NOTE: We do not recommend use of a wire brush to remove caulk from wood surfaces, as doing so could damage the wood. Also, mineral spirits should not be used if the wood has any type of finish on it. Test solvent on a hidden area before applying.

Mineral spirits are flammable and should be used away from sparks, flames, and other sources of ignition. Only use these solvents in a well-ventilated area and follow all safety precautions and instructions listed on the product label. When solvents are used, proper safety precautions must be observed.

Special notes about silicone caulk: There is nothing that will dissolve silicone. If you are reapplying silicone to the area, remove the old caulk, and then clean the area with a disinfectant. If mold or mildew is present, apply rubbing alcohol. Let the area dry before reapplying silicone. Do not use soap to clean surfaces to be sealed because silicone will not adhere to surfaces covered with any soap scum present.

What if the silicone caulk skins before I can tool it?
Work with smaller sections. For example, run a 2-foot bead, stop, tool it, and continue by applying another 2 feet.

Can caulk freeze in the tube?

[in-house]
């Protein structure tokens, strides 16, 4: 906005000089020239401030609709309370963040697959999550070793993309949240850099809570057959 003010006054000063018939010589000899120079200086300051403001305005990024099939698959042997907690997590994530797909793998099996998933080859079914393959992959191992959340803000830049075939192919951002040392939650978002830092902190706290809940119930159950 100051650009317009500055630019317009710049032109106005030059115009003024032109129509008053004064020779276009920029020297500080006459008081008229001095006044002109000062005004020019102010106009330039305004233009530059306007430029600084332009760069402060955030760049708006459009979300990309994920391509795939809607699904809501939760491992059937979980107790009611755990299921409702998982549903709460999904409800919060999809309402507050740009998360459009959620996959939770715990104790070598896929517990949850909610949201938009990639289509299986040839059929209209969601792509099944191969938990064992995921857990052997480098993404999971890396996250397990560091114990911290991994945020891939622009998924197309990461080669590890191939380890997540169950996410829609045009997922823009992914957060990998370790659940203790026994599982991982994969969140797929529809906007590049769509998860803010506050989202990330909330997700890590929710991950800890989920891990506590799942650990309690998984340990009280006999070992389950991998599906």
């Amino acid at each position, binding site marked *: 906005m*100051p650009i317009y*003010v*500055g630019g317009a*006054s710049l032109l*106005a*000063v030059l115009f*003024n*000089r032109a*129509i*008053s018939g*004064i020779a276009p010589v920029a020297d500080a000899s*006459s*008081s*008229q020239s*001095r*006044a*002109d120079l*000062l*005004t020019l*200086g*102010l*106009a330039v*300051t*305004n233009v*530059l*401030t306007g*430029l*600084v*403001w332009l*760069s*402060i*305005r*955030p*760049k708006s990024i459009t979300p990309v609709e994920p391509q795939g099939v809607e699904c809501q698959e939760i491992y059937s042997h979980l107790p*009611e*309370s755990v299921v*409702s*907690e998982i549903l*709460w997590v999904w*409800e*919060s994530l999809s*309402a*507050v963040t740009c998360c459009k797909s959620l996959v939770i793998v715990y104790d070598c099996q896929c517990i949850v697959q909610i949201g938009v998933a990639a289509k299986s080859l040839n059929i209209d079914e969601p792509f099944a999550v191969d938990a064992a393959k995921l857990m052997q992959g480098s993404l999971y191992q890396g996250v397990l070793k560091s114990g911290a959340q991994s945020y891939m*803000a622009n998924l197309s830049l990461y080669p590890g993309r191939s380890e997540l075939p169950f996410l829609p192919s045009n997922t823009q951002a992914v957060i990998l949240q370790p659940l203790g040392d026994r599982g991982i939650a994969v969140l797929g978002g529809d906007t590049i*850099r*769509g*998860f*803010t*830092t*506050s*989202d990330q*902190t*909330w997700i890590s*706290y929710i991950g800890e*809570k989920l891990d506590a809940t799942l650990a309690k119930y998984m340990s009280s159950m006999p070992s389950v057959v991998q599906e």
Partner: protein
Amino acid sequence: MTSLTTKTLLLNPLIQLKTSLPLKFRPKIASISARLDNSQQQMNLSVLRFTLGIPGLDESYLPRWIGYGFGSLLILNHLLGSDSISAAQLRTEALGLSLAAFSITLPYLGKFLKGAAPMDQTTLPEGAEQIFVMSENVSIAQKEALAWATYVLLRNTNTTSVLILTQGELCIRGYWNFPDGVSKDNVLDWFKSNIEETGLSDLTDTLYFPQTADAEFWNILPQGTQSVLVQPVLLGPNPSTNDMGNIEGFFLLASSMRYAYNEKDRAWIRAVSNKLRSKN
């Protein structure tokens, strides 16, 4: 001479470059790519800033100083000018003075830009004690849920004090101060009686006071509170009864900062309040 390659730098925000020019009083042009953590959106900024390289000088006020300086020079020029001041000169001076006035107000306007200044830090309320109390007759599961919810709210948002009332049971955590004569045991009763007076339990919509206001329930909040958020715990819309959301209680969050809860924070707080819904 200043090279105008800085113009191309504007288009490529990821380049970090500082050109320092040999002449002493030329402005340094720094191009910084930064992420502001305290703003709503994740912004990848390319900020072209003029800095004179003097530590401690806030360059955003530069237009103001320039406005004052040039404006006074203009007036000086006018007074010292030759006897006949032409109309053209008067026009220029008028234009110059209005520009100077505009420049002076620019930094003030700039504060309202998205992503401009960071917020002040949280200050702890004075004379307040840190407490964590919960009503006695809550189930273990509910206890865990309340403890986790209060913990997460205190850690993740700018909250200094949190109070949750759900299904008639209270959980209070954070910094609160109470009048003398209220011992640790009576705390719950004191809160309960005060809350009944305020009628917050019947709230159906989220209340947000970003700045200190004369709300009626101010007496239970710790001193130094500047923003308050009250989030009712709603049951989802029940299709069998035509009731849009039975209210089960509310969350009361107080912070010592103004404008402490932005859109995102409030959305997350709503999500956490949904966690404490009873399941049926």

GE Silicone II* and GE Silicone I* caulk will not freeze in the cartridge; however, for best results, it should be applied at room temperature. However, water-based acrylic caulks will freeze below 32 F. If the acrylic caulk freezes before you use it, simply thaw at room temperature and test before application. In either case, if you are concerned, make sure you test the caulk before application.

I followed the instructions on the back of the tube; however, the caulk is taking a very long time to cure.
The air temperature and humidity in the air can affect how long a silicone caulk takes to cure or an acrylic caulk to dry. A silicone caulk will cure slower when it is cool and the air is dry (low humidity). An acrylic caulk will dry slower when it is cooler out or more humid. Make sure to vary your wait time based on the humidity level.

back to top